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Responsible Reasoning and Communication:

Chapter 1: Smart Thinking

What is Smart Thinking? Smart Thinking means knowing how to: Work out/express main ideas. Plan communication of ideas so they can be clearly understood. Check to make sure you have covered all the important parts of your topic. Establish a framework/structure in which your basic facts and evidence make sense Present ideas by linking them together to convince readers of the conclusion.

We must also relate thinking to knowledge and information, and the processes of communication our ideas. Thinking is one aspect of an integrated process of finding, analysing, and communicating info. Smart Thinking can assist you in: Working out where and how to look for the info needed. Understanding that info in relation to your own work. Deciding which info is relevant to the topic. Identifying when more information is needed to make sense of a problem.

It can also improve your capacity to set your communication in context; it alerts you to the importance of: The audience and their expectations of what youre doing. The requirements upon you to communicate in a certain way in a certain situation. Your own assumptions and biases, and the role of society in forming those biases, which will need to be considered and explored through your communication.

You must use reasoning in order to think smart. Reasoning is the basis of our thinking. It is best defined as a process of understanding and exploring the relationships between the many events, objects, and ideas in our world. None of these individual items can be meaningful in and of itself. An item can only be understood in relation to other ones. It allows us to see that separate items are interconnected, and what we know about a particular object depends on our knowledge of other objects. Reasoning involves finding and expressing these connections or relationships so that each individual event, object or idea is explicable in terms of other events, objects or ideas. Reasoning: Reasoning can be described as a complex weave of abilities that help you get someone elses point, explain a complicated idea, generate reasons for your viewpoints, evaluate the reasons given by others, decide what information to accept or reject, see the pros as well as the cons an so forth.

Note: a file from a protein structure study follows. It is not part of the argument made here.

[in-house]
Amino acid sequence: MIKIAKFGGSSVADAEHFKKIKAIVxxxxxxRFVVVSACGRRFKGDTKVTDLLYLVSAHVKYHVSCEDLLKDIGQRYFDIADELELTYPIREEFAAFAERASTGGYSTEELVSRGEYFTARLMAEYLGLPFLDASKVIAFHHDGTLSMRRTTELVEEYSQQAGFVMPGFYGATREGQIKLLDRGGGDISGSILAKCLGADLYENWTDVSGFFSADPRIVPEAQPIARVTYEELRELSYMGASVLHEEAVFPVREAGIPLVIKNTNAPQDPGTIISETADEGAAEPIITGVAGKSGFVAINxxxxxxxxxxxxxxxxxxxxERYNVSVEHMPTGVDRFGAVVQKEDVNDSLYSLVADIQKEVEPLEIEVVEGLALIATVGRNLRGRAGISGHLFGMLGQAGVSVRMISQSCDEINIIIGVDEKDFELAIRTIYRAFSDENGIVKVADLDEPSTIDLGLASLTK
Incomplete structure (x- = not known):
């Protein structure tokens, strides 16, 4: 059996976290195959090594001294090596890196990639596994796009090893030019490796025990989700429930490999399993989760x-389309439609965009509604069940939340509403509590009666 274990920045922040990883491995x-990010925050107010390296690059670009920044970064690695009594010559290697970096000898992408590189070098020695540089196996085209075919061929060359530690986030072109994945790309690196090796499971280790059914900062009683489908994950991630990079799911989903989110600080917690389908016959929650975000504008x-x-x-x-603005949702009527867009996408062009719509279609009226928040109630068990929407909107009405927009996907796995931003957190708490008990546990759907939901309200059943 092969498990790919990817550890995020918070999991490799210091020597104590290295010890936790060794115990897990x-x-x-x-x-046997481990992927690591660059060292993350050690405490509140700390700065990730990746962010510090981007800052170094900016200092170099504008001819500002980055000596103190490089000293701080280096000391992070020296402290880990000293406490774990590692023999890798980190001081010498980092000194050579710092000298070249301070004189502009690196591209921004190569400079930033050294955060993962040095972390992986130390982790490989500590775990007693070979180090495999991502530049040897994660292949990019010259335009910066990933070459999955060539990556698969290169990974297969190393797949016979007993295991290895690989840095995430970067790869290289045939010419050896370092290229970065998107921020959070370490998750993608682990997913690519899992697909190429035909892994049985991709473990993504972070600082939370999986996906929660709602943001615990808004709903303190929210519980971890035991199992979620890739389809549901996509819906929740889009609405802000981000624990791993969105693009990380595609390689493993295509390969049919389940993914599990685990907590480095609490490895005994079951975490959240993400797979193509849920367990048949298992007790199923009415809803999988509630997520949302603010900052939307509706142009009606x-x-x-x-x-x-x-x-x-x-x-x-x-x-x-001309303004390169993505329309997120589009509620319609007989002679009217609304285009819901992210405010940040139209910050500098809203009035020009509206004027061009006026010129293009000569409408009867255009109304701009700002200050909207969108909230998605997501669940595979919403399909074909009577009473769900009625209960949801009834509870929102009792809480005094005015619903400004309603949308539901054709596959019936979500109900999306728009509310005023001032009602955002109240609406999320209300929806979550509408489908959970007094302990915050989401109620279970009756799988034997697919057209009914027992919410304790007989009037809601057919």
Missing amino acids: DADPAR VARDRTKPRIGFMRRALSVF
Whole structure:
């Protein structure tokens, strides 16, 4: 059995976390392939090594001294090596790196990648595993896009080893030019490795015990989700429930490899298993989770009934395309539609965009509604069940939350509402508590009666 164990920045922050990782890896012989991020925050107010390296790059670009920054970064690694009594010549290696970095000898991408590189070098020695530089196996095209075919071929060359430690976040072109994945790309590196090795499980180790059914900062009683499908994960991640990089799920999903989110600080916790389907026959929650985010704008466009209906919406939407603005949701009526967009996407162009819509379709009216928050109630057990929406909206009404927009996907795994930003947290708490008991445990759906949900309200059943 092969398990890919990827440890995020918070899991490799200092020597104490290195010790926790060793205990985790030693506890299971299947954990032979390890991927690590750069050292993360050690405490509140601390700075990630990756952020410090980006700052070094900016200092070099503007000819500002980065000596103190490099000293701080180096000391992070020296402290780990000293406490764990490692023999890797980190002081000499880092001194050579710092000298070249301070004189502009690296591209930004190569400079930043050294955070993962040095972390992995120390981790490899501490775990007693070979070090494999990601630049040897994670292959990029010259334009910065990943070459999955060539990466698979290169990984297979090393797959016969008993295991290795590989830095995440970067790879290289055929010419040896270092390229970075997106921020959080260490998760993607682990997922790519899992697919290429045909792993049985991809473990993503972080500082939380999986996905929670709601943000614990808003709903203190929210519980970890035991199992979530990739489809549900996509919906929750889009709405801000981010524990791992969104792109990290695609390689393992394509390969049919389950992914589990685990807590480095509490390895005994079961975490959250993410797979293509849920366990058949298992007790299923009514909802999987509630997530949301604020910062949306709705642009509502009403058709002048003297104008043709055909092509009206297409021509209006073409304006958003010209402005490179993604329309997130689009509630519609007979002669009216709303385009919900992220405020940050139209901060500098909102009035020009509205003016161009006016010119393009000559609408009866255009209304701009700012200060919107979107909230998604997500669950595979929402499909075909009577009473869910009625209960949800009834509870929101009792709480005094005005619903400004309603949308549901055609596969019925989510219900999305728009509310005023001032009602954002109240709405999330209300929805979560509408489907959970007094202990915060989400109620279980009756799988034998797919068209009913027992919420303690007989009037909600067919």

If we did not make connections using reasoning, then every time we did something it would be a new experience. When we start to make connections, we are able to know things of which we have no direct experience (and which may not yet have happened). Using reasoning requires us to look for and rely on structures of connections between separate things or events in the world; it also requires us to make an active effort to create these structures. The two main kinds of relationships that underpin these structures are: How things relate to one another at any given moment (syntagmatic relationships ie. An orange is a citrus fruit.) How things relate to one another, over time (paradigmatic relationships it. Eating too many oranges made me feel sick.)

Working out the precise relationship requires attention to a number of patterns that may help us to see how one thing is linked to another. Patterns can be understood through concepts such as: Similarity/difference Commonality/inconsistency Necessity/sufficiency.

Making these connections allows us to function more effectively/understand the world around us. The things we do with reasoning as a form of communication are: Arguing Explaining Making decisions Predicting the future Exploring issues Finding answers Justifying actions

Researching, reading, analysing, testing, checking, planning, and writing all depend on understanding those interrelationships. Once this is understood, then you will be able to find, shape and use knowledge for yourself. It is in the relation to the human, social aspect of reasoning that we must really be smart. Reasoning isnt just formal logic; it is always a social act. The connections and relations between ideas, event, proposals, and so on only become meaningful in the context of how, when, where and why they are communicated with others.

How do we study Smart Thinking? Thinking About Thinking: Being a smart thinker is about improving skills we already have. To do this, is to become explicitly aware of the analytical processes involved in reasoning. Thinkers with Attitude:

Smart thinking always has a social dimension. As a result, one of the key ingredients of successful thinking and analysis, and of the effective use of reasoning, is our own attitude. Mostly our knowledge usually consists of both the basic info and facts we know, as well as a framework/structure of broader ideas with which we interpret these facts. Smart thinkers constantly assess their structures and frameworks. We should be willing to scrutinise the way we think about the world. We should constantly ask ourselves: Are my views consistent with one another? What assumptions underpin my views? Am I open to new ideas and alternative conclusions? Can I look at this issue from another perspective?